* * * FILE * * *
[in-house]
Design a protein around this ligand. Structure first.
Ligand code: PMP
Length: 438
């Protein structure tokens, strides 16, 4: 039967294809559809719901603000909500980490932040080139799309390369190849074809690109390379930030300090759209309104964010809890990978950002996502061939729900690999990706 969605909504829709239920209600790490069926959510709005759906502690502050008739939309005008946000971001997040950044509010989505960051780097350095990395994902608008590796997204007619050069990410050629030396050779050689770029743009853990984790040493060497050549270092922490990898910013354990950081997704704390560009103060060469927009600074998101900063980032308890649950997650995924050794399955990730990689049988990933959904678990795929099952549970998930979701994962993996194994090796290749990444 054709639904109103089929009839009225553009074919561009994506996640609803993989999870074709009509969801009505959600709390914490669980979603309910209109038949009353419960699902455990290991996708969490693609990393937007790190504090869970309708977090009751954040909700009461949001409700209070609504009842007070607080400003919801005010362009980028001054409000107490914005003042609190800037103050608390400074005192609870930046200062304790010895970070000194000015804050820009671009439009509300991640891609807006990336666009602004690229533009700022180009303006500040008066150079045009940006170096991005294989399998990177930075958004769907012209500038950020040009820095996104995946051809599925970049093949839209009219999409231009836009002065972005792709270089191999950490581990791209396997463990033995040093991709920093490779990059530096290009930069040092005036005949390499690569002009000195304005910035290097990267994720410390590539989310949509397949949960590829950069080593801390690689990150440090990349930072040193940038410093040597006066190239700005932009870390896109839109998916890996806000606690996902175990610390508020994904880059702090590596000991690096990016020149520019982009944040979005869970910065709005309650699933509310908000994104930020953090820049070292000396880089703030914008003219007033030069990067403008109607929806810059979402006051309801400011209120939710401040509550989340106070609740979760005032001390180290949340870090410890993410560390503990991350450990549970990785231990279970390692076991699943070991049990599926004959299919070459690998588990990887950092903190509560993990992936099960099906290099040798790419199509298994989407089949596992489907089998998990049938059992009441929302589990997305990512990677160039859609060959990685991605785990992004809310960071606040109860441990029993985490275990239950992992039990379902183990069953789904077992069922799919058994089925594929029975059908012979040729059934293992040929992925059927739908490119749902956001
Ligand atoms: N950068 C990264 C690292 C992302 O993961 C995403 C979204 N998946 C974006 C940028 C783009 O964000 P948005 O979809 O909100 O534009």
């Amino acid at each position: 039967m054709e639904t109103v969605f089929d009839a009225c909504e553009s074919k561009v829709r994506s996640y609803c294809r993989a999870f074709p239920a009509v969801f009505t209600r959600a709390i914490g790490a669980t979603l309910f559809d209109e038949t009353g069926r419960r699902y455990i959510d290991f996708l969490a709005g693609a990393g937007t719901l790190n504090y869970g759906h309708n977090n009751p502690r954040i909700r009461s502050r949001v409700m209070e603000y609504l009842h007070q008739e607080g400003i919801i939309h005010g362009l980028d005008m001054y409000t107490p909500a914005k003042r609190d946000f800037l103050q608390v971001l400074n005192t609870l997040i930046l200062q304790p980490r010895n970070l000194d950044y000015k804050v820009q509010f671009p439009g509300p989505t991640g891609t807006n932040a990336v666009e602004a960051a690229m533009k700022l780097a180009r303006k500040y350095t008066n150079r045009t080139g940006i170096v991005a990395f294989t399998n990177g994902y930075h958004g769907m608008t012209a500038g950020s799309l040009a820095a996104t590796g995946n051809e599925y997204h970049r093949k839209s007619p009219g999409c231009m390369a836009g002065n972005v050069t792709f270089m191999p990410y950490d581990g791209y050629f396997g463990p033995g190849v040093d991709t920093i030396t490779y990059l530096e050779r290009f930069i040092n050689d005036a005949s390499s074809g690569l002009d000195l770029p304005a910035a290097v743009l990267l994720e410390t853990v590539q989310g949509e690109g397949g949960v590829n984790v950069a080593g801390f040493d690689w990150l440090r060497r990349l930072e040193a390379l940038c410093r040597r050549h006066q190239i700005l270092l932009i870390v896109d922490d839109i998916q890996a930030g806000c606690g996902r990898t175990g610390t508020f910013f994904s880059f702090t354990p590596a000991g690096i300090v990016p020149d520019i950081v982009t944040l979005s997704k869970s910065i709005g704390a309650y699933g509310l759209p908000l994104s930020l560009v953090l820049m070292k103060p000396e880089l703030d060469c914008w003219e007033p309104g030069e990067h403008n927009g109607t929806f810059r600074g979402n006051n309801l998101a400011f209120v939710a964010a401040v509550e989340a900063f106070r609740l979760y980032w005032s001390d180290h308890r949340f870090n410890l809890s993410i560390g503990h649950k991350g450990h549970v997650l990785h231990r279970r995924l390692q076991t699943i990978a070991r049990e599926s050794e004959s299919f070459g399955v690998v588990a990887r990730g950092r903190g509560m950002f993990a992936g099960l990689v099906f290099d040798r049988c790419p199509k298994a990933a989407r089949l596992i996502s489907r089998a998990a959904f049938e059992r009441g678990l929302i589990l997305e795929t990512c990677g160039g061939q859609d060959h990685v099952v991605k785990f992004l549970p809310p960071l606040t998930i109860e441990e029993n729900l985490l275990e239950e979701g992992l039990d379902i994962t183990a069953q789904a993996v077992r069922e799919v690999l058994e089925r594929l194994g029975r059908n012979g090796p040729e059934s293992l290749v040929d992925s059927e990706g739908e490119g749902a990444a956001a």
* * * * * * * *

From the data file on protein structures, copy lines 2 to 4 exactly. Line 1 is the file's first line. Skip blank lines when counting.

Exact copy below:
Design a protein around this ligand. Structure first.
Ligand code: PMP
Length: 438